Much has been written here and elsewhere about Pat Robinson and his comments on Haiti. He was pretty much universally condemned by other Christians and he has been been extensively (and gleefully) quoted on atheist websites as yet another example of Christian hypocrisy. And there's no shortage. From popes to born again US presidents, from Free Presbyterian ministers to Serbian patriarchs, hypocritical Christians are the gift that keep on giving to the non-believers.
That's the problem with complex belief systems. There are so many injunctions with regard to behaviour, so many thou shalts and shalt nots that it's all too easy to find someone who espouses the religion in question yet is transgressing in some way. Errare humanum est. That's not in any way to imply that what Pat Robertson said was somehow accidental. It wasn't; he meant to say what he said. And yeah, he's a scumbag.
However, to somehow imply that his views are typical is disingenuous. Christianity is about a lot more than a vengeful God. Yes, we’ve seen the abuses inflicted on children and vulnerable women by Christian run organisations – especially those of the Roman Catholic Church. However, bear in mind that in pre-Christian European societies, disabled newborn babies (and often able-bodied girls) were put to death or left to die of exposure. It was only when Christianity began to hold sway that these barbaric practises (and many others) were banned and that the whole concept of caring for the ill and people with disabilities came to be viewed as a norm.
Christianity has made a huge contribution to western civilisation (and by this term I mean the process of civilising the peoples of Europe). Who knows whether the laudable humanism espoused by many modern day atheists would even have had a chance to develop were it not for the prior influence of Christianity?
There will always be examples of Christians behaving hypocritically. It's like shooting fish in a barrel and it logically follows that if a Christian is infringing his/her own beliefs, they can't be of significant worth. By contrast, it's very difficult to accuse an atheist of being a hypocrite - unless you find evidence of him/her believing in a god or gods. Atheism doesn't condemn anything - apart from theism. You can be a thief, cruel to animals, a racist, a murderer, a rapist, a paedophile and Dawkins knows what else and still not infringe the sole tenet of atheism. That's not at all to say that atheists condone such crimes; it's merely to point out that they can engage in all of them and still not be calling into question in any way their adherence to atheism.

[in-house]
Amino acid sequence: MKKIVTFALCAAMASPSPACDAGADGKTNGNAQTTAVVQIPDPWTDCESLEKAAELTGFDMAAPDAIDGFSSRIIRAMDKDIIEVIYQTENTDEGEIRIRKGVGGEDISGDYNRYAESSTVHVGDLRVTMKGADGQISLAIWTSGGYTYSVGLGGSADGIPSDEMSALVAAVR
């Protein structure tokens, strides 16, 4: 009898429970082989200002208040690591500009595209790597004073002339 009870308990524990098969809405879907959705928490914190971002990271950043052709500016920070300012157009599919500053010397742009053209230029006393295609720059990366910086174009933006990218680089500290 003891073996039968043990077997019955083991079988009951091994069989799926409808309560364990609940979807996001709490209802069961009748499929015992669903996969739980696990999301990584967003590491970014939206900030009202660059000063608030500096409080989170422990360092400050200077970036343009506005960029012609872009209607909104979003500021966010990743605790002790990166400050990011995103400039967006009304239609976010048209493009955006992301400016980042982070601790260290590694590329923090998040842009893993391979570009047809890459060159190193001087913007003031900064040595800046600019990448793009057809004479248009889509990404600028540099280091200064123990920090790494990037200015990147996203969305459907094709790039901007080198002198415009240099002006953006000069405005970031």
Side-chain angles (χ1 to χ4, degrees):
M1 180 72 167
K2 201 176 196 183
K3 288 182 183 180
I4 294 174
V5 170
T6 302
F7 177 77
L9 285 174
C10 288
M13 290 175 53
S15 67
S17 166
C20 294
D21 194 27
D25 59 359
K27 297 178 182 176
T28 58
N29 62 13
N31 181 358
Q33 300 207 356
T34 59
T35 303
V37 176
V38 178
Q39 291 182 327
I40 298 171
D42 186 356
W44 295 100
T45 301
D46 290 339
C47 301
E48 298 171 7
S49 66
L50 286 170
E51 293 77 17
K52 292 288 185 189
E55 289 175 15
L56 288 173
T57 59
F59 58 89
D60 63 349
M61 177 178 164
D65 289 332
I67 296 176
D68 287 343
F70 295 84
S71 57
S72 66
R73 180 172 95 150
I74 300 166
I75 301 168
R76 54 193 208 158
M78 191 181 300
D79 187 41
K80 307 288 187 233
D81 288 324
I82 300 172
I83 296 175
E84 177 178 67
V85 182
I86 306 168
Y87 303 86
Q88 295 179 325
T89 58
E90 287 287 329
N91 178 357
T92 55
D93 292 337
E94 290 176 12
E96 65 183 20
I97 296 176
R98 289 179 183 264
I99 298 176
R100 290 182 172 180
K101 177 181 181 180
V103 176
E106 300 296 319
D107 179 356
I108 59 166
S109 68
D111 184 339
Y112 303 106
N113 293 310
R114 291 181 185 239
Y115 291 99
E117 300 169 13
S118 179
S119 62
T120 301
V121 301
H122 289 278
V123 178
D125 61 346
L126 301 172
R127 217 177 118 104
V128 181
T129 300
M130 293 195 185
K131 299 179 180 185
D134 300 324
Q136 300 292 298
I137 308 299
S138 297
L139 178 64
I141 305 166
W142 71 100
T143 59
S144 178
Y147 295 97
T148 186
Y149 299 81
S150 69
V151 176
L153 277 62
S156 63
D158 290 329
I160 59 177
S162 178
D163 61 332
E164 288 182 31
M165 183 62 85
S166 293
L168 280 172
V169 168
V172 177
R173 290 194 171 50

On the rare occasions when atheists have assumed control of an entire state, the results have not been pretty. But I can't say that Stalin's starvation of the Ukrainian peasantry, the slaughters of Budapest, Prague or Warsaw, the awful legacies of Ceausescu or Hoxha, the eery techniques of societal control operated by the Stasi, the famines induced by Chairman Mao, the genocide of the Khmer Rouge etc. could all be attributed to the atheism of their instigates. I certainly can't accuse them of being inconsistent with their atheistic beliefs and thereby question the value of those beliefs because the above actions are not inconsistent with atheism.
For an atheist to accuse a Christian of hypocrisy and thereby to question the whole basis of Christianity is a rather like a non-driver criticising the motoring techniques of someone who has been behind the wheel for years. You need to know what it's like to try and live your life according to a huge set of principles that are written down for all to see. And contrast and compare and criticise.
That's not to say it's wrong for atheists to point out the hypocrisies mentioned above. But..... what's next? Is this all atheism will ever be - a bunch of people fulminating against religions? What does atheism have to say about the major issues confronting humanity today such as abortion, gay marriage, genetic engineering, cloning embryos, our (ab)use of the environment etc. Does it have a position on these issues? If so, what is it and if theists can find an atheist who doesn't behave consistently with these principles, then presumably they can use him/her to attack atheism?
Because you see, that would finally make this endless argument more of a level playing field.